Summary: Linkage of obesity to chromosome 10p12 with a maximal multipoint LOD score of 4.85 was reported upon use of an affected sib-pair approach including nuclear families in which the adult index case had a BMI greater than or equal to 40kg/m2 and at least one further sibling had a BMI greater than or equal to 27 kg/m2. In an effort to reproduce this linkage finding, researchers genotyped 11 markers spanning approximately 23 cm from 10p13 to 10q11 in a total of 386 individuals stemming from 93 nuclear families with two or more young obese offspring with a BMI greater than or equal to the 90th age percentile. The highest multipoint maximum likelihood binomial LOD score using the extreme concordant sib-pair approach in which one sib had a BMI greater than or equal to the 95th percentile, and other sibs a BMI less than or equal to the 90th percentile was 2.32. Six markers yielded nominal p-values less than 0.05, the highest two point MLB-LOD score of 2.45 was obtained for the marker TCF8. Transmission disequilibrium tests for the most frequent parental allele yielded no nominal p-value less than 0.05. The linkage results confirm the presence of a major susceptibility locus for obesity in a region near the centromere on chromosome 10.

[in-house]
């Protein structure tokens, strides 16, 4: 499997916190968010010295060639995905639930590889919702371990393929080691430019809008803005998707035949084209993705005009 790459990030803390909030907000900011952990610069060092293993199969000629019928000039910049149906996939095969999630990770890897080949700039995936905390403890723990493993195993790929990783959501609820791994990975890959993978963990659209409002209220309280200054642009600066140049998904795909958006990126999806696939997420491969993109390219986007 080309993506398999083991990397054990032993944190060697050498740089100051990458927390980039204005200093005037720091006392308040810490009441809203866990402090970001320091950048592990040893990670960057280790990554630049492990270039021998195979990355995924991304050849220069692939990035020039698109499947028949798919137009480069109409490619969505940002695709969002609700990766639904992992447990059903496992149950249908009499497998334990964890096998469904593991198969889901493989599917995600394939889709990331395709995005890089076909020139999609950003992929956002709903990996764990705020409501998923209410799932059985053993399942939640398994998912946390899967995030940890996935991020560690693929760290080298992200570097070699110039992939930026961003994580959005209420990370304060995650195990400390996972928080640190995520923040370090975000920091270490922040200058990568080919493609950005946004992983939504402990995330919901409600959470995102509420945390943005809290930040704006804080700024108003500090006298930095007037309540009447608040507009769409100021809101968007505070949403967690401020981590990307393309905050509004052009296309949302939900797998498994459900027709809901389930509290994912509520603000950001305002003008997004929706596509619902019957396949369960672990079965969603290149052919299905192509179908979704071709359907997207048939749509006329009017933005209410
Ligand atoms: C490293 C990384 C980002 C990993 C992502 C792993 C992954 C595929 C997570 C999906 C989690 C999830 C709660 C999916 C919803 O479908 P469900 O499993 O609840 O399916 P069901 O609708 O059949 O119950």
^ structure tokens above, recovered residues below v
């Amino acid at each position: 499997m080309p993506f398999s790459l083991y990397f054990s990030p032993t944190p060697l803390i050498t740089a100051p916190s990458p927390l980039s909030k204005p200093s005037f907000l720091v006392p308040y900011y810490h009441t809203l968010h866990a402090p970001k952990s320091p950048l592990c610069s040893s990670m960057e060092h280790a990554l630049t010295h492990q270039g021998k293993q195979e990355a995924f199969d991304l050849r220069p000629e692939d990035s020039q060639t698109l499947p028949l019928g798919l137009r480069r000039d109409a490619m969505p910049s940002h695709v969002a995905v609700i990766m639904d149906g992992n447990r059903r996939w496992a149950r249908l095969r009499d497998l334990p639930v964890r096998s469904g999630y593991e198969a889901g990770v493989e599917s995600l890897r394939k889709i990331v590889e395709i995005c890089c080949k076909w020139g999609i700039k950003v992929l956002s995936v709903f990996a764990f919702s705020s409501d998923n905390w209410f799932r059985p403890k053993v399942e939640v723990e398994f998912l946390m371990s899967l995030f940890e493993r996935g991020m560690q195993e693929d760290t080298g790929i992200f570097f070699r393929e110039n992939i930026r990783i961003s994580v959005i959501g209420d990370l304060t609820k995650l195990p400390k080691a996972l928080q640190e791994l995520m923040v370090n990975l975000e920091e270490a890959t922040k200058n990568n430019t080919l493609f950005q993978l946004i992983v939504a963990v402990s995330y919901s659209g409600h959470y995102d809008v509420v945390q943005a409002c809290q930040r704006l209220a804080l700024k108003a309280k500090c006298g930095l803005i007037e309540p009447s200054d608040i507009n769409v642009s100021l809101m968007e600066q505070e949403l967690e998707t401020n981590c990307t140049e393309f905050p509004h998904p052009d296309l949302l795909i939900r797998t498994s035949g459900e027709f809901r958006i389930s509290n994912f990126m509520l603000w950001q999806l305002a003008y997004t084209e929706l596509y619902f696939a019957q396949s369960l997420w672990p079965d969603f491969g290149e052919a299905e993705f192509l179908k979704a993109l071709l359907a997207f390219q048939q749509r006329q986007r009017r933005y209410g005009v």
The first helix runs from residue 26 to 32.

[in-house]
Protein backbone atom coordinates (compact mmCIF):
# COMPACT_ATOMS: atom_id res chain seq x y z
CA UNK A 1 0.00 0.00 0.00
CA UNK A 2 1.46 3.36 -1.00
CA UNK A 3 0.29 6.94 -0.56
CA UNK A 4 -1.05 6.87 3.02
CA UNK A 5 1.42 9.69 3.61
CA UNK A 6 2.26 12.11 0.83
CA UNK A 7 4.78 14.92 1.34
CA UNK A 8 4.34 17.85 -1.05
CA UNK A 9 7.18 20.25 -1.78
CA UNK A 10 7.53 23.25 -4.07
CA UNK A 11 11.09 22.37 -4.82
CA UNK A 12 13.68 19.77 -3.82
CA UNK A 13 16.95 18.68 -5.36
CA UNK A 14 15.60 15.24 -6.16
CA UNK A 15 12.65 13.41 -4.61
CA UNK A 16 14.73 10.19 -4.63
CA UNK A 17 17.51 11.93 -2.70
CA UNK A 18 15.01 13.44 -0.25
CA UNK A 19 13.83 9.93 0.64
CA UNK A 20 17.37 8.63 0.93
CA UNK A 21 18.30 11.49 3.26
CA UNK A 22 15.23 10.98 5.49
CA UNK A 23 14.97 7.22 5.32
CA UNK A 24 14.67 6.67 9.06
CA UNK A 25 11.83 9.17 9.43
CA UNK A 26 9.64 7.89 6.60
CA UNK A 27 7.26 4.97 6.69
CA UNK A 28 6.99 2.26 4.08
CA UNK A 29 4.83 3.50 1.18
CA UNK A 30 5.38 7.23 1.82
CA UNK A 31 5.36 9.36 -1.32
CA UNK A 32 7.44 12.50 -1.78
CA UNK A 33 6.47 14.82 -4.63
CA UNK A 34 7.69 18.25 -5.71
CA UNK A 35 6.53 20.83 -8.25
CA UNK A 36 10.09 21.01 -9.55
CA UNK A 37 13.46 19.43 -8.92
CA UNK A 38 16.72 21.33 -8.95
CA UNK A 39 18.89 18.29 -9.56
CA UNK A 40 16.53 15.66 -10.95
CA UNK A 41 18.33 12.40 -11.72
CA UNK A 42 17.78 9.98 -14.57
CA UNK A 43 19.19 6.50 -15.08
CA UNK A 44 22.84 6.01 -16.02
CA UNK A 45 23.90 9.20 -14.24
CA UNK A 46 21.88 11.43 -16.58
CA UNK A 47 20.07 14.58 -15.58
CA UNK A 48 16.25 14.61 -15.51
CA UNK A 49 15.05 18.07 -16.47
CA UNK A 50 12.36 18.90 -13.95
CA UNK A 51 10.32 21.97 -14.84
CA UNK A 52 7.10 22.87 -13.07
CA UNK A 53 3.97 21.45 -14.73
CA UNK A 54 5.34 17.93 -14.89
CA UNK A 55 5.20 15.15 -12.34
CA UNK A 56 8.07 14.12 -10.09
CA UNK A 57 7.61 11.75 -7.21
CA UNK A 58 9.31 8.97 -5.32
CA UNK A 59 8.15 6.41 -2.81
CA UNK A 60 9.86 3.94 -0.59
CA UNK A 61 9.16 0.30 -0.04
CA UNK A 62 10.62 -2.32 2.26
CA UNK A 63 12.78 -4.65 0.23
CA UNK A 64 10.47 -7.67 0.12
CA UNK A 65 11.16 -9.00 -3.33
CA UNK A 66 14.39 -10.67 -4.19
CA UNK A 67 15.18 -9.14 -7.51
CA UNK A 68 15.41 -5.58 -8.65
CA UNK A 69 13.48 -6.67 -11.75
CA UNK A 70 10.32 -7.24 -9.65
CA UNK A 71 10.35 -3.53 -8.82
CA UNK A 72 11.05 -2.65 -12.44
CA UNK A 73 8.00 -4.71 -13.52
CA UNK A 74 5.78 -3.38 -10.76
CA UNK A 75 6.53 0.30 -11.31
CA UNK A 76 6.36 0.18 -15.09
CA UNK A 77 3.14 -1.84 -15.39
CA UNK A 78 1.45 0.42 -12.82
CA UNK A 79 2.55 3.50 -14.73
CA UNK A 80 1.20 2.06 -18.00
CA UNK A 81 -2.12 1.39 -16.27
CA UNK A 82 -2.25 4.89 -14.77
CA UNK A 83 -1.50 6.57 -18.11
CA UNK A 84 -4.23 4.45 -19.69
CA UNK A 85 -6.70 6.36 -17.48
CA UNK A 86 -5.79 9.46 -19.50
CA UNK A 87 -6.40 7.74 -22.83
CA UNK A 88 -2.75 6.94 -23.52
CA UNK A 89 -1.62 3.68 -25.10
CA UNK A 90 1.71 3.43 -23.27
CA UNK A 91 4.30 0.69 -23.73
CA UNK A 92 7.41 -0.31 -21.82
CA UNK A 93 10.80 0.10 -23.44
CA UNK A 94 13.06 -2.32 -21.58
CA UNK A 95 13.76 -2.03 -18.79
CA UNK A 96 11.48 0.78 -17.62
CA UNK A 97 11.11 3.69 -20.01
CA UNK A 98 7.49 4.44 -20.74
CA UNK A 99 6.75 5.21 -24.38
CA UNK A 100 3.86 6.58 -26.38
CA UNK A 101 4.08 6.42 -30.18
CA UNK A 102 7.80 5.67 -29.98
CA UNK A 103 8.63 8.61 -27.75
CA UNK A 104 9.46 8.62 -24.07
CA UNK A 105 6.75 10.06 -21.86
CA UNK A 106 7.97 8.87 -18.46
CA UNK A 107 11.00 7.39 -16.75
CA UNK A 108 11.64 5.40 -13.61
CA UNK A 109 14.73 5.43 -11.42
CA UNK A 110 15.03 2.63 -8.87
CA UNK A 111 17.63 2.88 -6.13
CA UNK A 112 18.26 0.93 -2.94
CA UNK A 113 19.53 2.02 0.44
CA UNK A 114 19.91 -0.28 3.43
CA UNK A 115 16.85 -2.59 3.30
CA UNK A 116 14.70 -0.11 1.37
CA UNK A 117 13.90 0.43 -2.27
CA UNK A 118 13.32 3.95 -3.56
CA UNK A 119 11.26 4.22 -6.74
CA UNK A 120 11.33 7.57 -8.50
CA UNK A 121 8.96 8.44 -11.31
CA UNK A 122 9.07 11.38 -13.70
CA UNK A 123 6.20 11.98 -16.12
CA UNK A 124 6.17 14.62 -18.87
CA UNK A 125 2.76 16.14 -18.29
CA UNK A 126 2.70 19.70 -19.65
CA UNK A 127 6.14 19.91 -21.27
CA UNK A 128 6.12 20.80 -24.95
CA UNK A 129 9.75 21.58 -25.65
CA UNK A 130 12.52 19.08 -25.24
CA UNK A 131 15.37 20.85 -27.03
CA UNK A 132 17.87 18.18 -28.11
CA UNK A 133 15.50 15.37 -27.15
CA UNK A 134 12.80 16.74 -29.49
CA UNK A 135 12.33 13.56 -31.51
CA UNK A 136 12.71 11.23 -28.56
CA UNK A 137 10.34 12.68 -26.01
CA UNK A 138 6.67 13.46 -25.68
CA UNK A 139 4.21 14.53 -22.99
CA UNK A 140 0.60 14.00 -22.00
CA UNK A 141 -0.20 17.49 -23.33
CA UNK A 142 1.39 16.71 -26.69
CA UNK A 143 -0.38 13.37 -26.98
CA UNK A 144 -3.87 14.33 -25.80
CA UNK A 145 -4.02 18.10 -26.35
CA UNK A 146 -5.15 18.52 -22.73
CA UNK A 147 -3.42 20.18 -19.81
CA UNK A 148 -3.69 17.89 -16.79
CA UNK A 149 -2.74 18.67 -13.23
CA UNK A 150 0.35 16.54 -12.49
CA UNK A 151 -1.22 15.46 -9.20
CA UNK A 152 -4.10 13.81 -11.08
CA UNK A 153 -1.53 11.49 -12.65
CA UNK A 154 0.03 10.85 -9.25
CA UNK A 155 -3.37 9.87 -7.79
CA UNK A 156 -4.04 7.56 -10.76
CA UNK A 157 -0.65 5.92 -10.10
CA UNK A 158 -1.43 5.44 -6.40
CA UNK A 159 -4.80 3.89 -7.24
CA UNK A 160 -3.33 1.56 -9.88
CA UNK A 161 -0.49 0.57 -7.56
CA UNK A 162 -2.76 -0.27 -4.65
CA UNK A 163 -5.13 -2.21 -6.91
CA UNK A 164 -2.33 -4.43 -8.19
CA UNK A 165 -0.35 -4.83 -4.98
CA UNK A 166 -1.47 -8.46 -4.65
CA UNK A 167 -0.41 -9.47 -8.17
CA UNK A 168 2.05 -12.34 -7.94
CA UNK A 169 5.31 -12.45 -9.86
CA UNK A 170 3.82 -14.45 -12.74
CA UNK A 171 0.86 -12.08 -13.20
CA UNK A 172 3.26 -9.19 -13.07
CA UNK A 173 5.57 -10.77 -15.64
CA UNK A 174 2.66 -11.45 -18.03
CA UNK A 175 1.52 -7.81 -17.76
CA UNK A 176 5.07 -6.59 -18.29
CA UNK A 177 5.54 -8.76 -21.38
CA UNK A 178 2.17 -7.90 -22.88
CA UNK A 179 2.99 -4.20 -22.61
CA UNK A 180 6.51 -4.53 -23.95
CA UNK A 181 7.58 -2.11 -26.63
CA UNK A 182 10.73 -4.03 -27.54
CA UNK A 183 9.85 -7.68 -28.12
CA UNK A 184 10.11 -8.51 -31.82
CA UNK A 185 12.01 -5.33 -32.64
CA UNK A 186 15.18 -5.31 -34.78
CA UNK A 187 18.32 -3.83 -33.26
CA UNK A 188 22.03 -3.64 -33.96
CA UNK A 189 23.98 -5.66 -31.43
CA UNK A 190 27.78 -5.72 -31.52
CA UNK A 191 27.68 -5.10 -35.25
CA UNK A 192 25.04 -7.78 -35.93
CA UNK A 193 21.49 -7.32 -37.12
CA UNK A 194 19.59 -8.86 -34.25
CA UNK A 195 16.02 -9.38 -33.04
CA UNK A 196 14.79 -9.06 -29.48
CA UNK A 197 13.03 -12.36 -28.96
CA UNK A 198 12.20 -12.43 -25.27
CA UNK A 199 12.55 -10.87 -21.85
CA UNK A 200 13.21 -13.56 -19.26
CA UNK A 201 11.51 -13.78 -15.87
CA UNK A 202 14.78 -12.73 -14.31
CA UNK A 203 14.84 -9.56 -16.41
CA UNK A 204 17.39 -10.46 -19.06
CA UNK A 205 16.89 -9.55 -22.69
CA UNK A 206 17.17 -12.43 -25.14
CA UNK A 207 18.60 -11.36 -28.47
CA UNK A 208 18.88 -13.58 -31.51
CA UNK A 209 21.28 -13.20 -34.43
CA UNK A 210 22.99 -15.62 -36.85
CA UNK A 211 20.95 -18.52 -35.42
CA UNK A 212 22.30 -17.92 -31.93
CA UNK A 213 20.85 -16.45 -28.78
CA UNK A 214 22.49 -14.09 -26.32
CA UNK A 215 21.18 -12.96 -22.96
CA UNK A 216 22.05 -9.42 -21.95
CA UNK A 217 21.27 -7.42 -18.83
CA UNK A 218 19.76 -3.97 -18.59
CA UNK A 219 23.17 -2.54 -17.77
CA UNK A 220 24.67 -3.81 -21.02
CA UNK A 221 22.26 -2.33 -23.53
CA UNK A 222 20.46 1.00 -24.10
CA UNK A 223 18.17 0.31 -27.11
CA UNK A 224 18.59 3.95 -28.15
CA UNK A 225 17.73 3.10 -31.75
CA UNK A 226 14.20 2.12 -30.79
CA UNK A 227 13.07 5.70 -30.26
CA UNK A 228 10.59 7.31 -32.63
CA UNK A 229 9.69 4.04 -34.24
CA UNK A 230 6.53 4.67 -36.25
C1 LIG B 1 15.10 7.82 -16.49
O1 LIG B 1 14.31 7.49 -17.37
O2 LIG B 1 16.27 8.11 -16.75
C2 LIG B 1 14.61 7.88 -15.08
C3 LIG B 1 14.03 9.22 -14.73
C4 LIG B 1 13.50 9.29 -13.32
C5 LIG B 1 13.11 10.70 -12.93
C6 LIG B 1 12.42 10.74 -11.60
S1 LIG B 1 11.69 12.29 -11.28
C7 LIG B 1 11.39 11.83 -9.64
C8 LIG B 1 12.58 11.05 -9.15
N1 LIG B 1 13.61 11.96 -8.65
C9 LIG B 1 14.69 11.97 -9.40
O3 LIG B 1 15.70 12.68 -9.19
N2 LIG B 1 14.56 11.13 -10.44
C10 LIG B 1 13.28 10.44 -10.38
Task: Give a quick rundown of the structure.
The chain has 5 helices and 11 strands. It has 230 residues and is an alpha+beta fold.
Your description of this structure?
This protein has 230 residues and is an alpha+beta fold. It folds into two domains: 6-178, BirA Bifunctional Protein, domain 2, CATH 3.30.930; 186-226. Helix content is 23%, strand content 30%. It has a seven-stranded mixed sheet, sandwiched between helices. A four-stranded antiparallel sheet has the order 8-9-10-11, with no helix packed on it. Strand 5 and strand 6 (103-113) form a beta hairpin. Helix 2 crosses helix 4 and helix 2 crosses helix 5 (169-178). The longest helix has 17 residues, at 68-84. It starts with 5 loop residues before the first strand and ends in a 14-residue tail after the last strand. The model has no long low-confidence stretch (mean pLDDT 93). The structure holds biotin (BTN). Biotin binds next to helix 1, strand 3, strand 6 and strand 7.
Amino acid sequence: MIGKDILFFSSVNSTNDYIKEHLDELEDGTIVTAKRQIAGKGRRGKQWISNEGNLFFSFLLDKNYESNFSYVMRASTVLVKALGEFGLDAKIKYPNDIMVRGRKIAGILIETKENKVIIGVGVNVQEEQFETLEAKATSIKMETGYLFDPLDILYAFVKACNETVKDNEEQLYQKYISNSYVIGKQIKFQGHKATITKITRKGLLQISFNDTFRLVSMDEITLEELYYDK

Comment: Once the (a) gene is found, can it be fixed? 

Maternal age and risk of type 1 diabetes
Title:Influence of maternal age at delivery and birth order on risk of type 1 diabetes in childhood: prospective population based family study
Author: P. Bingley, et al. 
Address: Bristol, England
Source:British Medical Journal 321: 420-424 (August) 2000
Summary: In a prospective population based family study, researchers studied the impact of parental age at delivery and birth order on subsequent risk of childhood diabetes. Subjects were 1375 families in which one child or more had diabetes. Of 3221 offspring, 1431 had diabetes and 1790 remained non-diabetic at a median age of 16.1 years. It was discovered that maternal age at delivery was strongly related to the risk of type 1 diabetes in the offspring. The risk increased by 25% for each five year increase of maternal age, so that maternal age at delivery of greater than or equal to 45 years was associated with a relative risk of 3.11 when compared with a maternal age of less than 20 years. Paternal age was also associated with a 9% increase for each five year increase in paternal age. However, the relative risk of diabetes, adjusted for parental age at delivery and sex of offspring, decreased with increasing birth order. The overall effect was a 15% risk reduction per child born. Researchers speculated that the increase in maternal age at delivery in the United Kingdom over the past two decades could partly account for the rise in incidence of childhood diabetes over this period.
Comment: A curious association, but a mechanism is still lacking.